Another significant change was that In the past, economists collected a basket of items, such as eggs, milk, and shampoo, and tracked their prices over time, updating the basket only occasionally. However, this method was criticized for potentially overestimating inflation since it needed to account for consumers adjusting their spending habits both over time and as prices increase. To address this issue, economists began updating the basket of items more regularly about 20 years ago. Today, the weights are reset every two years to reflect current spending patterns accurately. Additionally, economists now account for substitutions that consumers make when prices rise. For example, if the cost of cupcakes increases, consumers may buy cookies instead, a less expensive dessert option. They may also buy a smaller package, switch to a cheaper brand, or shop at a discounted store to save money. The government's inflation calculation method now factors in these behaviors, which helps to provide a more accurate measure of inflation. However, some critics argue that this method still has limitations. For instance, product swaps may be made between entirely different categories, such as buying chicken instead of steak, when the price of the latter increases. This can make it challenging to measure inflation accurately across various product categories.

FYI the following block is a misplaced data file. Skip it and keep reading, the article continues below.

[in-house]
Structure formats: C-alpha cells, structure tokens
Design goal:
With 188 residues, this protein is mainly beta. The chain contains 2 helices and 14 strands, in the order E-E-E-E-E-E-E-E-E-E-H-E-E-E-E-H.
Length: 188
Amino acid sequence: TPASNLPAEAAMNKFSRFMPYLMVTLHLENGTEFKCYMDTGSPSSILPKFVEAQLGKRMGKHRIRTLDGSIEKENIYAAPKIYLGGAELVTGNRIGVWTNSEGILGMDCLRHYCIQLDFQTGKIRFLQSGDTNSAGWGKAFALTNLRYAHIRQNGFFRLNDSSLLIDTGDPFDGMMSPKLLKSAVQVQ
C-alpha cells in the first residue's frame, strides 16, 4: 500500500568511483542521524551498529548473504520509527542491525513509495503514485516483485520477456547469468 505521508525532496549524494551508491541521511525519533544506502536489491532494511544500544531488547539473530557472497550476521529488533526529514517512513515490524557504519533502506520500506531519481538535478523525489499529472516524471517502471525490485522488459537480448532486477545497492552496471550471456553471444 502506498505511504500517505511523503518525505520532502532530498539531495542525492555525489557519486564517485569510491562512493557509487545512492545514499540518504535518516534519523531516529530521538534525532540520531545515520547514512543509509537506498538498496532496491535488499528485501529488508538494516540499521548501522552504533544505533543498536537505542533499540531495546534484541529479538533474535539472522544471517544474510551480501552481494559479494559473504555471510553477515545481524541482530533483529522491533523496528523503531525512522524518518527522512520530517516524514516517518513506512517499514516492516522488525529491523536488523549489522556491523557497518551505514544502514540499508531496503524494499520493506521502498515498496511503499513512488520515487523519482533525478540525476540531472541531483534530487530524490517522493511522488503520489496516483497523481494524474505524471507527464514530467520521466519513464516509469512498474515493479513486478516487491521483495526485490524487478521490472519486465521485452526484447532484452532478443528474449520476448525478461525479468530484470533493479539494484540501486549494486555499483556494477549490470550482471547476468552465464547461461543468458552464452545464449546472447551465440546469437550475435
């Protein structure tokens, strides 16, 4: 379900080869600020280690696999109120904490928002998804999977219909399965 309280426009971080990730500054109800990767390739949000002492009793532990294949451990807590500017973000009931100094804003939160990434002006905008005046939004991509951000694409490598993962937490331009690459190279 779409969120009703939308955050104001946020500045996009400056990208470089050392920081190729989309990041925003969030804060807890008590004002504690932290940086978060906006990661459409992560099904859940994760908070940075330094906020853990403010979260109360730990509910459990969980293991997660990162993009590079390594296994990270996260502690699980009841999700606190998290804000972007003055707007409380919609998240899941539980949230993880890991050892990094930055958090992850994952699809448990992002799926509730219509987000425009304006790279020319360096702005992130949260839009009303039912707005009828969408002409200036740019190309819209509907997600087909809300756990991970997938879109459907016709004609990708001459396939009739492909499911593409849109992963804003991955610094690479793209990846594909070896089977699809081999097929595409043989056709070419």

Starting in February, the BLS will make two changes to the CPI methodology. The first change will involve updating the CPI weights annually based on a single year of data. Previously, the BLS revised CPI weights every two years using two years' worth of expenditure data. With the new method, the weights will be updated annually based on a single year of data. This change is set to take effect with releasing the CPI data for January 2023, which is scheduled to be published in February 2023. The difference in methodology will also introduce an improvement to the time series filter used to estimate the most recent cyclical trend and short-term fluctuations for the CPI of “new vehicles”. This improvement is expected to enhance the accuracy of the index by providing a better representation of price changes over time. This move is expected to benefit both economists and consumers alike. By updating the CPI weights annually, the index will better reflect the changing spending habits of consumers and the prices of goods and services they purchase. This will help provide a more accurate measure of inflation, essential for policy decisions and assessing the economy's health.